Make No Little Plans…

Newsletter 57 – February 23, 2024


Over the previous two newsletters I talked about interruptions and distractions, and about how my writing routine is sort of haphazard (and maybe a little too flexible). I think the main realization I’ve had, after thinking about this for a while, is that I need to find a way to keep my writing standards high but also become more efficient in my process.

My typical daily routine in the past has played out something like this. I wake up fairly early, usually between 5:00 and 5:30 AM. Minay usually wakes up about an hour after that, so in the past, after slipping quietly out of the bedroom and down the hall to my study, I would fire up my computer, open my browser to my homepage, open my Facebook page in a second tab, and open my email program. I usually spent a few minutes clearing Facebook notifications and responding to new email. Then I would go downstairs to get some coffee and swallow my morning vitamins with a protein drink. In that half hour or so I wouldn’t have done any writing on one of my novels.

After that, I would typically read through the newest chapters of my current work in progress until Minay gets up. We share my study (our Internet hub is there, so her computer is also there). She often (but not always) does her morning power-walk first, so when she leaves to walk I would fix my breakfast and bring it upstairs. While I eat, I usually browse a bit more or play a few games of Freecell solitaire (I don’t focus well while I’m eating). When Minay’s in the study she also browses a bit (fabric stores and news, mostly) and eats her own breakfast. We discuss the news and browse until she shuts her computer down to go into her sewing room to work on her latest quilt. The order of things varies slightly depending on whether she walks first or walks later (sometimes it’s too cold or too dark for her to head out right away).

At any rate. I would usually start writing around mid-morning, but after studying it I realized that I always kept my browser and my email open while I wrote. For research I usually have books for in depth topics (for example, the mid-1600s volumes of Samuel Pepys’ diaries for detailed information on the 1666 London Fire), but I often look up bits and pieces of things on the Internet when I need them quickly (like the date when a historical character was born or died). The biggest problem I found was that, when I started to write, I also usually left my Facebook tab and my email app open. Facebook rabbit holes are very easy to fall into, and it’s too tempting to check out an email whenever a notification pops up (interruptions, distractions).

Once I analyzed my typical day, I realized that it didn’t actually include a smooth, uninterrupted period of writing. I dropped in and out of various levels of concentration (going back and forth between the writing and popping in and out of Facebook and other distractions (like the above-mentioned solitaire game — or three). I worked that way (back and forth between one thing and another) for a couple of hours until lunchtime. Then I would take a break and eat with Minay on the living room couch while we watched a PBS program, or The Daily Show, or something else to fill about an hour. Then I went back upstairs and “worked” until suppertime (which is when I shut down for the day). The end result was that I was spending a lot of time in front of my computer monitor, and getting “some” work done, but not seeing much progress on any particular story. I also try (just for health reasons) to never spend more than an hour at the computer without some sort of break, so I do stop periodically to do various things around the house (exercise, get more coffee, wash dishes, etc.). Also, until my left knee is fully healed, I have been spending some time lying in bed, reading, and taking an occasional short nap (30 minutes to an hour). I’ll keep doing that until I get the all-clear from my doctor.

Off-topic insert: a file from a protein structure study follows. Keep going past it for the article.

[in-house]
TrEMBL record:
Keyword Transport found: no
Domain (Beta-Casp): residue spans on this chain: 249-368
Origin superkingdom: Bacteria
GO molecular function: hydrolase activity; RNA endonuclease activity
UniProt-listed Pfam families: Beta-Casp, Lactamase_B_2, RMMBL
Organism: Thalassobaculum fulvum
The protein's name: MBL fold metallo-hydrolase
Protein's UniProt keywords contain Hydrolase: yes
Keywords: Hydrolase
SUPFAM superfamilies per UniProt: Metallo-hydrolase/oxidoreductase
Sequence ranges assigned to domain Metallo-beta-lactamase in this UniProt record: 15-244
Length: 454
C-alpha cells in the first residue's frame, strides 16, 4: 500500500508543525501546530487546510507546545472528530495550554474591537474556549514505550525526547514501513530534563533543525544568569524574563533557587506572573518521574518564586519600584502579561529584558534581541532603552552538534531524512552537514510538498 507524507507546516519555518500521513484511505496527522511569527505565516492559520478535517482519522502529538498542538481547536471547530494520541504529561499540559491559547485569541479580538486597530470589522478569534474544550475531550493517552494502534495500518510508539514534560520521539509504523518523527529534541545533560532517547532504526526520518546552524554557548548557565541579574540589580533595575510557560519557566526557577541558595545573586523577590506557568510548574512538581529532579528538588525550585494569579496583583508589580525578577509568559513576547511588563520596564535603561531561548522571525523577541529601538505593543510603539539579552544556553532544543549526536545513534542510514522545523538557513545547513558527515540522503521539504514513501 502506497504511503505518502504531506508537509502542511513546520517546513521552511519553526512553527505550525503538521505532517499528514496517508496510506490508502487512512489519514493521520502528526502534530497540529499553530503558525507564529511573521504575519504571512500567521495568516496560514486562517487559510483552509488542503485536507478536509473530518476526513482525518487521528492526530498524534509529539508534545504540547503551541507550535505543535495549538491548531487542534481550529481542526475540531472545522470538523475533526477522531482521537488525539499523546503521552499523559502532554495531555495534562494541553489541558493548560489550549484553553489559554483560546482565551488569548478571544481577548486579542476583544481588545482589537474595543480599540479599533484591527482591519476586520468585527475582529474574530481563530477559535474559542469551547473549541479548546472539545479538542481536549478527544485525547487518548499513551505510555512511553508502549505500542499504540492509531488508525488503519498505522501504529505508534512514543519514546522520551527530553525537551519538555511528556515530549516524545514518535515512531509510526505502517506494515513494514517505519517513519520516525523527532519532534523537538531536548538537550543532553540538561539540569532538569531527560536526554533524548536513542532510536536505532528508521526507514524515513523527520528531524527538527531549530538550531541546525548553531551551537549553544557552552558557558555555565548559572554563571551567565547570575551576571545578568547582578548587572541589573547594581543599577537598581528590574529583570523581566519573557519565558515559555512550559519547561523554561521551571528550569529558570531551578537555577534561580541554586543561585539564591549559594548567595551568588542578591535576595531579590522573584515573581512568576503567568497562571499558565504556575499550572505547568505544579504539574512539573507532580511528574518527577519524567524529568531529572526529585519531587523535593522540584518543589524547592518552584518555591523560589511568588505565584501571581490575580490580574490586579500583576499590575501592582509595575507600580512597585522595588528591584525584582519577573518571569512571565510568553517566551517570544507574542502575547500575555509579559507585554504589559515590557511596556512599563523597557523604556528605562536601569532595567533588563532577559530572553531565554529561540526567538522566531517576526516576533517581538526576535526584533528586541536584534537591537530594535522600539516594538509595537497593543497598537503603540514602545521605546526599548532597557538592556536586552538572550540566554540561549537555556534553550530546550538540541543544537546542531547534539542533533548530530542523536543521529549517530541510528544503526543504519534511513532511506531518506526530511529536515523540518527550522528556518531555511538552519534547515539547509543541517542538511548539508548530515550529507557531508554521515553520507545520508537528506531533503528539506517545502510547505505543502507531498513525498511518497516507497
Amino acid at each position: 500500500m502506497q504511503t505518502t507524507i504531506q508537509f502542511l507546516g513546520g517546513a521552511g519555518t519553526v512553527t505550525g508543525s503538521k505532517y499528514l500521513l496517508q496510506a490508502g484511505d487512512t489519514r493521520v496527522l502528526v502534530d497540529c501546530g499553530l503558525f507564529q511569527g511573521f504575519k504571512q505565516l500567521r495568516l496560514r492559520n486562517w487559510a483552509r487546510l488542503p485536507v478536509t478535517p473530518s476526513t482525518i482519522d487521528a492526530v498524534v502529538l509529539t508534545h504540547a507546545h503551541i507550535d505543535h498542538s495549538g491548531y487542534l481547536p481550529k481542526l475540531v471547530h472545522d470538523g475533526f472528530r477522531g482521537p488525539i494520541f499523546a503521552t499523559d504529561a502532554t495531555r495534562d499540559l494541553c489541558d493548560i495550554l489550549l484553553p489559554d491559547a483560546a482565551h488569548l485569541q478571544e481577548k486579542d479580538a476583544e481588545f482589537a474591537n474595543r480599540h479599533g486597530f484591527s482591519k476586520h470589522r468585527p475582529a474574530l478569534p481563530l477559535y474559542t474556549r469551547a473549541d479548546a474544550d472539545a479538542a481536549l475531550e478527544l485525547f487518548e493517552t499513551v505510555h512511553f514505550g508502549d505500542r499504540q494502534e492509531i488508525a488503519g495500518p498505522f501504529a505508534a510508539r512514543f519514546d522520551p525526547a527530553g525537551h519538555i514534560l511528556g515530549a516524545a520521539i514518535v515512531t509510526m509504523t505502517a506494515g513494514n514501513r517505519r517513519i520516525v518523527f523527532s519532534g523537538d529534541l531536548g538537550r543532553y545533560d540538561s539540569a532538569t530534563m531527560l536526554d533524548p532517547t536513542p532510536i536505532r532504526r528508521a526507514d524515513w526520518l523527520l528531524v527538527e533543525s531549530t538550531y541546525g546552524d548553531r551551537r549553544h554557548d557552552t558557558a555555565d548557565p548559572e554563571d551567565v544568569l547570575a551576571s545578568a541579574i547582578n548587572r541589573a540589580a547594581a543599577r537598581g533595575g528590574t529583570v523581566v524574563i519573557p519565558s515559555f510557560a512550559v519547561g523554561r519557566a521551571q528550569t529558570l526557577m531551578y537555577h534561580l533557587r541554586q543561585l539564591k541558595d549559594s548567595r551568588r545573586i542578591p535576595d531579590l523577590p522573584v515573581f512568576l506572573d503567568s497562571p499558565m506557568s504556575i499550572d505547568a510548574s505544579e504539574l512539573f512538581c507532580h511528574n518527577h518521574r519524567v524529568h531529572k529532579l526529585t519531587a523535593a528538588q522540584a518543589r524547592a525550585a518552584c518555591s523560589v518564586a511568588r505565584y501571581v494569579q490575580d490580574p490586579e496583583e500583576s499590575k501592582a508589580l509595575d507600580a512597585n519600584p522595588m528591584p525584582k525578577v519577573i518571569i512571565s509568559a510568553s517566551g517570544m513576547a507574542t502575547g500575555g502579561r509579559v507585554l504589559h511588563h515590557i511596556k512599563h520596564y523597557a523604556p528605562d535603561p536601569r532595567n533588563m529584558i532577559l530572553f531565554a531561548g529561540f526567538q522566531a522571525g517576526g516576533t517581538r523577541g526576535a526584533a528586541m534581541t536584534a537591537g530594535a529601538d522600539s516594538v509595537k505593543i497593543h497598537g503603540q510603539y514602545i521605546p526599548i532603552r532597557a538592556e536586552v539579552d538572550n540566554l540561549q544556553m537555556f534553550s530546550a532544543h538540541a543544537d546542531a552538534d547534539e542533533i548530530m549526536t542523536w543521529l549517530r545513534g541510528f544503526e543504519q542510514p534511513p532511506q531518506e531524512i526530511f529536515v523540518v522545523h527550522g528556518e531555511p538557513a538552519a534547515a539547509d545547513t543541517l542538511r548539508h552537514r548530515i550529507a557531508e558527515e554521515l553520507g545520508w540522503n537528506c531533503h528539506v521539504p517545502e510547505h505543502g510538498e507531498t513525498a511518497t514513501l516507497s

[Note — Update: I saw my doctor on February 6th, and he said the kneecap is healing nicely so I can stop wearing the immobilizer. Yay! And I can now drive myself, which lets Minay off the chauffeur hook. I still have lots of at-home physical therapy to do (to get my knee to fully bend again and to strengthen my quads). That doesn’t take up any more time than my usual exercise sessions, and the rehab is going really well.]

So, here’s my (tentative) plan for the rest of the year.

In the hour before Minay joins me in the study each morning, I will get my coffee, but won’t even open my social media accounts. I will spend that time writing what I can, and trying to get a sense of the flow of the story from where I left it the day before. That will help me plan what scenes I need to work on that day. Then, while Minay is in the room with me, I’ll check and respond to my email and social media. When she leaves to start working on her quilts (usually between 9:00 and 10:00) I’ll shut down my email and social media tabs, and write until 12:30 or so when we stop for lunch. After lunch I’ll do a quick email check, and then write until around 5:30, do a final quick check of my email and social media, and then shut down for the day around 6:00 PM. During that time I will still take my little breaks, which will cut into my writing time a bit, but will help me stay energized. Without the distractions I should see an immediate increase in productivity. Let’s see if it helps.

Maybe I should also delete the shortcut to my solitaire game to make it harder to open. 😊

The next newsletter will be about the evils of perfection.

See you then,


[“Make no little plans; they have no magic
to stir men’s blood…Make big plans;
aim high in hope and work”
From a speech Daniel Hudson Burnham
gave to London’s city planners, 1910.]

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